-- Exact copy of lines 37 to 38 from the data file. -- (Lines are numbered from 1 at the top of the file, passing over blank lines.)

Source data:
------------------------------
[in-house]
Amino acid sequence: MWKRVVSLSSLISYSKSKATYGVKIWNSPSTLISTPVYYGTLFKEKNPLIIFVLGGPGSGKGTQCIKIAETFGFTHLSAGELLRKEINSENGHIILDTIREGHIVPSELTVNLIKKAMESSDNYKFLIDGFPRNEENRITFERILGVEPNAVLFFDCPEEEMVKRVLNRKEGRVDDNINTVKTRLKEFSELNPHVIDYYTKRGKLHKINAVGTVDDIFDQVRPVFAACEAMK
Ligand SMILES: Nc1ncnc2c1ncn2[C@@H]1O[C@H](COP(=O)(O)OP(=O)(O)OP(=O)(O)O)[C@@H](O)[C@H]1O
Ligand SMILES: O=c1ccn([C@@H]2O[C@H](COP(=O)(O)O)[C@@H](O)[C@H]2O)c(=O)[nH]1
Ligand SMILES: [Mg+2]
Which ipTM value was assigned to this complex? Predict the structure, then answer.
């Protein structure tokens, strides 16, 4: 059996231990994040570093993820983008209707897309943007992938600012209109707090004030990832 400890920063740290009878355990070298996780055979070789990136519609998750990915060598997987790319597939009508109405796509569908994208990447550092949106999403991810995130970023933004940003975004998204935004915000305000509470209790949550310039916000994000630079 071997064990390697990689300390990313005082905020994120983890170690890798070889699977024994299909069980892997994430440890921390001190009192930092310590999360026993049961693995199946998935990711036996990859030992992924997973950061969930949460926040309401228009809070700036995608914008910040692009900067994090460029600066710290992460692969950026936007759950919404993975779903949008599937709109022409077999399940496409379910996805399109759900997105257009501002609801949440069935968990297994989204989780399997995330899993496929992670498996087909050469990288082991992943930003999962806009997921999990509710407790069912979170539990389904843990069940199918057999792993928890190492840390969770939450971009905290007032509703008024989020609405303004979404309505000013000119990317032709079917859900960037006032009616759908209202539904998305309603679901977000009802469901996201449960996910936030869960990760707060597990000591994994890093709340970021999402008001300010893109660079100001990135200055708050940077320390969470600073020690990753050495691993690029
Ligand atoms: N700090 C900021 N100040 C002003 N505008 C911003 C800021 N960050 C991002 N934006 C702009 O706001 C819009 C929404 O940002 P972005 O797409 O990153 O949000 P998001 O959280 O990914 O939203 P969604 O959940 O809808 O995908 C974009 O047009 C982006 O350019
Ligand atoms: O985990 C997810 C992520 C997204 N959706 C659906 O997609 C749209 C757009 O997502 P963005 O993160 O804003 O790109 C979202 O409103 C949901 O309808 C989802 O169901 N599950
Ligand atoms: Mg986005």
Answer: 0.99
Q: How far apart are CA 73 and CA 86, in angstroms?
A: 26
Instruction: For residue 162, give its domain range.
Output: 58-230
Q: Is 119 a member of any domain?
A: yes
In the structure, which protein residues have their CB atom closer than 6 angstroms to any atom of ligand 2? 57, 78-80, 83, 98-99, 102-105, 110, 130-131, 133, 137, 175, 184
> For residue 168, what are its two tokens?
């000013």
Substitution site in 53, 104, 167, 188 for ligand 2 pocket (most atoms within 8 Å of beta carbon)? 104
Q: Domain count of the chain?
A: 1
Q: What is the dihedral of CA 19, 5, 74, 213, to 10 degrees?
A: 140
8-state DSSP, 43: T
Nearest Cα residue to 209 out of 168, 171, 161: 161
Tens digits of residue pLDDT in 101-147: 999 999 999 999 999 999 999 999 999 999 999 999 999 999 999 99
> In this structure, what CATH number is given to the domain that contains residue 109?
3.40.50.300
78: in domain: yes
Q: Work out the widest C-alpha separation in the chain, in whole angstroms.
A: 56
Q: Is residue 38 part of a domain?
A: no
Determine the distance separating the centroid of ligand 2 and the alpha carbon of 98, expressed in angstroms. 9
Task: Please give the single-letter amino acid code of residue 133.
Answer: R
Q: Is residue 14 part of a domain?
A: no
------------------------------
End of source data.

Task: Please give the single-letter amino acid code of residue 133.
Answer: R